I'll give GM the benefit of the doubt on the electric thing, until we see what the Volt really does... but once again, GM is surrendering a whole market segment to the competition. IF they do try to seriously compete in that segment, they will bring a product that is under-engineered and late to the game, just as they have done so many times in the past.
      • 7 Years Ago

      you're a little off base on this one; and calling someone a jackass, just because you don't like their opinion, is also a little uncalled-for. I'm about as far from sexist as I can be.

      first, over 82% of the lawsuits that were filed concerning Suzuki Samauri rollovers were from females in the 18-25 age bracket. that's a fact. and in over half of the cases, they did indeed drive across hills, instead of driving directly up and down. the question of whether or not they weren't aware of the dangers of this type of driving is irrelevant; it happened.

      I don't quite understand why you've taken this so personally. I have two women who work for me, and each drives over 120,000 miles per year in company vehicles. they take impeccable care of the vehicles, and are as fanatical as I am aboout maintenence. my sister is the same way with her car, too.

      none of this changes the point of who one of the target audiences for the Smart are, and females in this age group certainly are. as a matter of fact, there were two girls picking up their Smarts when I was at the dealership. one was sixteen (Dad was driving a new S-class), and the other was nineteen. in this case, Mom was driving a new Audi A7. when the rep went to show them the maintenence locations (dipstick, etc.), both said don't even bother.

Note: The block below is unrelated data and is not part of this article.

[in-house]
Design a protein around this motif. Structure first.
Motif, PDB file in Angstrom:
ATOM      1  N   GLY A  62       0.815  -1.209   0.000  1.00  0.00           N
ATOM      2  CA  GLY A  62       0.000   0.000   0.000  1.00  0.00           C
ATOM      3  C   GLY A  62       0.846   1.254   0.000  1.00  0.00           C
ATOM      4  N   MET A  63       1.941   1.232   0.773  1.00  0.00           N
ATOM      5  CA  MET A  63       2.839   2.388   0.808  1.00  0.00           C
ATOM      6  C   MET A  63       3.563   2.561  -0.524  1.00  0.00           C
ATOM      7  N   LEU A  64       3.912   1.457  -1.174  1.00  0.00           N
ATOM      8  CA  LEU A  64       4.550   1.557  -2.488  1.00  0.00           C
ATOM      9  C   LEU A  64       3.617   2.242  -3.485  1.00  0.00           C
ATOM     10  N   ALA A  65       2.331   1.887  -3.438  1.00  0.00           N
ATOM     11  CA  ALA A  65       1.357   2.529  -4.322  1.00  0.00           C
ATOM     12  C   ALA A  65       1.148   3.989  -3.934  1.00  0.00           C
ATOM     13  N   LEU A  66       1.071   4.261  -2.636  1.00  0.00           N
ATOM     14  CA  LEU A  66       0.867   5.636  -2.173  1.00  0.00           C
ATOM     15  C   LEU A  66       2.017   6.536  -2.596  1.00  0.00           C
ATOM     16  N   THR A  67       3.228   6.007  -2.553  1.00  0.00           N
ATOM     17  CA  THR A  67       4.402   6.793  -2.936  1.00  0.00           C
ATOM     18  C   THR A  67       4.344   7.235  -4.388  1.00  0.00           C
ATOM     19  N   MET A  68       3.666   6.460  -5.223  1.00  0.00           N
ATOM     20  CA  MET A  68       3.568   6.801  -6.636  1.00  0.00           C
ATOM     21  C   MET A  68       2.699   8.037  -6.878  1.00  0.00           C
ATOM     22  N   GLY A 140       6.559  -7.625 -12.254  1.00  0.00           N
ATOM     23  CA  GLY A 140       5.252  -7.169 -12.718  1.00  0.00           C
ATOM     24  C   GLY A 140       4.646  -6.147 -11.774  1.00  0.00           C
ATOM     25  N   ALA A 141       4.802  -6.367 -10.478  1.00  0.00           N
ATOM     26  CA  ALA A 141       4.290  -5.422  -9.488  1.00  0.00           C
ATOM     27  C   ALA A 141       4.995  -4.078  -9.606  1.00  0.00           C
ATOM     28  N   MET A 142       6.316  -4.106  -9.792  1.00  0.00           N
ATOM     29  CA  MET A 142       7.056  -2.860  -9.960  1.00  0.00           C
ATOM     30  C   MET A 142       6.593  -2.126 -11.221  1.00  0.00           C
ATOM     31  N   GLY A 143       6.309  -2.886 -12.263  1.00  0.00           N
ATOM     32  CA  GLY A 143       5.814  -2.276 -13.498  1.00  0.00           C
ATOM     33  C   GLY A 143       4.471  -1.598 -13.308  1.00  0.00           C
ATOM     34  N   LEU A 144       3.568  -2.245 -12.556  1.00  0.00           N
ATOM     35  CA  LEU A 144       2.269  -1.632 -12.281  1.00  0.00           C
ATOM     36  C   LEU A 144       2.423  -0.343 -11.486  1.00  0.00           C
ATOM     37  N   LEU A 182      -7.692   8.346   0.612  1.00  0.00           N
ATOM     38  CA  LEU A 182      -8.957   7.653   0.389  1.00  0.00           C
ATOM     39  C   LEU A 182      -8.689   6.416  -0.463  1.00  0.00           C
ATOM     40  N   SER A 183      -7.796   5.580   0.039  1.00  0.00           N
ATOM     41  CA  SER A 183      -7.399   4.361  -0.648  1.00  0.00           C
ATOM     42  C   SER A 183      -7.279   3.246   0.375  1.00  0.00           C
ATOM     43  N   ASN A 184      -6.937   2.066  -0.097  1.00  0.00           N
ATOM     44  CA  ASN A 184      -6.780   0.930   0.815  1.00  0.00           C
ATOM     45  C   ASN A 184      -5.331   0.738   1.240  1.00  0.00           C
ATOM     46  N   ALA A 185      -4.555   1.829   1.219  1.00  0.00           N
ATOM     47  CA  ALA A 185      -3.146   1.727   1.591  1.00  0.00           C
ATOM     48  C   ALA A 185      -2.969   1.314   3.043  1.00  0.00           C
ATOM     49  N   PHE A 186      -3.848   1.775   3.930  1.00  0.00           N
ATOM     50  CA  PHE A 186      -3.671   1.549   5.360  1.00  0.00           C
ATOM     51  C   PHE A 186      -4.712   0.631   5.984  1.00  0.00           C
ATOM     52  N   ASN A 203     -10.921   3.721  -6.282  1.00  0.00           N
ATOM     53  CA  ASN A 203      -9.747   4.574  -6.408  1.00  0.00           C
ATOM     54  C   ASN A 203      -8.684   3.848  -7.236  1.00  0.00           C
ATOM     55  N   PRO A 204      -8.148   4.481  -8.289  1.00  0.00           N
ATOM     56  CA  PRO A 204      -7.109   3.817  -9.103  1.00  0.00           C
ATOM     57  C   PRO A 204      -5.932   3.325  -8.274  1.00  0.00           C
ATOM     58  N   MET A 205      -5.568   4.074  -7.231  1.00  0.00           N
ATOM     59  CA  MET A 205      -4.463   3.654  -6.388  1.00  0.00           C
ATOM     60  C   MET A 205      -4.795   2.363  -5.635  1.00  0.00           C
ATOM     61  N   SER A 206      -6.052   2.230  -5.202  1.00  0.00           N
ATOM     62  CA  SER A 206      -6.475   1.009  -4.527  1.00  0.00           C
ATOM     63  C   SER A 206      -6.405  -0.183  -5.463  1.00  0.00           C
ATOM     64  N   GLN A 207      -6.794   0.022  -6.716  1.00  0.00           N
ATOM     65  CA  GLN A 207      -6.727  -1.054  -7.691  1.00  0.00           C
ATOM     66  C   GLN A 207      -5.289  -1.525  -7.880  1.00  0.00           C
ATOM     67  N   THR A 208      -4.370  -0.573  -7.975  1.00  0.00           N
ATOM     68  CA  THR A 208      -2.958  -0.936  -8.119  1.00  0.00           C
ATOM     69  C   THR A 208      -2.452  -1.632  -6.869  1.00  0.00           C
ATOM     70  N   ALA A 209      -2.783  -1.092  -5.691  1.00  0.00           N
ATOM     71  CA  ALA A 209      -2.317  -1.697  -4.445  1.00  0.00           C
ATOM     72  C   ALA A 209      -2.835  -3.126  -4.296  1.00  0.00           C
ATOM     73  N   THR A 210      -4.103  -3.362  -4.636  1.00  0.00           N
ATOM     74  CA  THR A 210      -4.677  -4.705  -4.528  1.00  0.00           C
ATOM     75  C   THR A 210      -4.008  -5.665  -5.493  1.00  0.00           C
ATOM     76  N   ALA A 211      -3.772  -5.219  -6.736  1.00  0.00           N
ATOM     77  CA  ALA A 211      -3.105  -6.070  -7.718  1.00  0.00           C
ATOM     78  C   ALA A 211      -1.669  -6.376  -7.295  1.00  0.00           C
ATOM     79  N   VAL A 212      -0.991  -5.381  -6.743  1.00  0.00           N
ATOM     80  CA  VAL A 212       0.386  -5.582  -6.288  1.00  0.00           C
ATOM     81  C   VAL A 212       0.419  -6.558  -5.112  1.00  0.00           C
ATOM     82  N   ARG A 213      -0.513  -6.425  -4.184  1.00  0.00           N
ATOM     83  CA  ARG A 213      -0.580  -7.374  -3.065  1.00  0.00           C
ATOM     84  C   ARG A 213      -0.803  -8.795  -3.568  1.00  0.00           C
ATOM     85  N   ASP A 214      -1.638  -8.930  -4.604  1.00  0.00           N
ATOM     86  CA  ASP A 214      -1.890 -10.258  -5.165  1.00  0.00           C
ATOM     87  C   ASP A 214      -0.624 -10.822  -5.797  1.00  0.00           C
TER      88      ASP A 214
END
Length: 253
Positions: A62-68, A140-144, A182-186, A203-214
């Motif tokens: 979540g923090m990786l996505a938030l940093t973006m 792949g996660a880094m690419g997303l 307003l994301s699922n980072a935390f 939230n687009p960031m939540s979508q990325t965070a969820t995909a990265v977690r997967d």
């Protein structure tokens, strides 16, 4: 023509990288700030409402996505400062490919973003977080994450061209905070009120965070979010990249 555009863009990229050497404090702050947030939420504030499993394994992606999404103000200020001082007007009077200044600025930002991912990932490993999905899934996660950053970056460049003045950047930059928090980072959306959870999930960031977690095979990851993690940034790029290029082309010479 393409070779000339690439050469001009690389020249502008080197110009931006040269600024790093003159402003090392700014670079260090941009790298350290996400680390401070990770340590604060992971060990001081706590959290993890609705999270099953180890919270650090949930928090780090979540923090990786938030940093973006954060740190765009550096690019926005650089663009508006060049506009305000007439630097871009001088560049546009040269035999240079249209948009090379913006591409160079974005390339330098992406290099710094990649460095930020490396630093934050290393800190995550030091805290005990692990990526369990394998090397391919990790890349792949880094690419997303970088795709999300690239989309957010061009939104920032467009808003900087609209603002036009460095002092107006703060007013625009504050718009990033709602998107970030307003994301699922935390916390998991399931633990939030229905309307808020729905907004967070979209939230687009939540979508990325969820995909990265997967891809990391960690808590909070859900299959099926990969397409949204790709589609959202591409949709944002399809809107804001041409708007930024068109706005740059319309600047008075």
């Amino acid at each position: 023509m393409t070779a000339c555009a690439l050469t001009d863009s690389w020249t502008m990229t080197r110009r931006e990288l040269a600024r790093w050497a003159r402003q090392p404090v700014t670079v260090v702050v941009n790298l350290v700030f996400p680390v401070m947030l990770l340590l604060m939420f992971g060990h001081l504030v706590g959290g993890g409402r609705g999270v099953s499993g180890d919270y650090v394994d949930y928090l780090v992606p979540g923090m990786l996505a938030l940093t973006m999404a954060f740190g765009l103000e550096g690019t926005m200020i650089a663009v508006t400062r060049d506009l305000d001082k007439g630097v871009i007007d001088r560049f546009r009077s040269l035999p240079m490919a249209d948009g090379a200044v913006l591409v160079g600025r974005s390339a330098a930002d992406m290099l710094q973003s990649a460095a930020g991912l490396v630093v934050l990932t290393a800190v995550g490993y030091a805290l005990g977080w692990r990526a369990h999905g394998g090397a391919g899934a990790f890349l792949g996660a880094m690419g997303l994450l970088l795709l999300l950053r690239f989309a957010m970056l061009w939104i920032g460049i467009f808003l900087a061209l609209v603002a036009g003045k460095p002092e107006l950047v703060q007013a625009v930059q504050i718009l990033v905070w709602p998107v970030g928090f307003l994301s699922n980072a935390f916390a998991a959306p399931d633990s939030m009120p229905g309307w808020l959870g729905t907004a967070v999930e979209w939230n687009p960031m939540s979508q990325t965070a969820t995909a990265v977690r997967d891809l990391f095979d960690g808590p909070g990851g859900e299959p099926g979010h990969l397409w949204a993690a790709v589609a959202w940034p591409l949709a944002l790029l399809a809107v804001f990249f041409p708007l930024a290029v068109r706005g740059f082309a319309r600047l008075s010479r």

• 7 Years Ago
      I wouldn't hold my breath to see if the Smart sells well.

      I stopped in a few weeks ago at the local Smart dealer to look, and they had about twenty-five outside, all with 'sold' signs on them. they don't have any salesmen at all; the only employees look like fashion models (average age, 23). I asked why all the cars were still outside, unclaimed. the one rep I talked to said the cars' new owners "were out of town". well, they must be on a world cruise, because I drive by every day, and they are all still there. and by the way,they also said the wait time for an order was over a year.

      I've seen hot-selling vehicles before, and they are almost always gone the moment they hit the ground, not sitting around 20+ deep for weeks on end.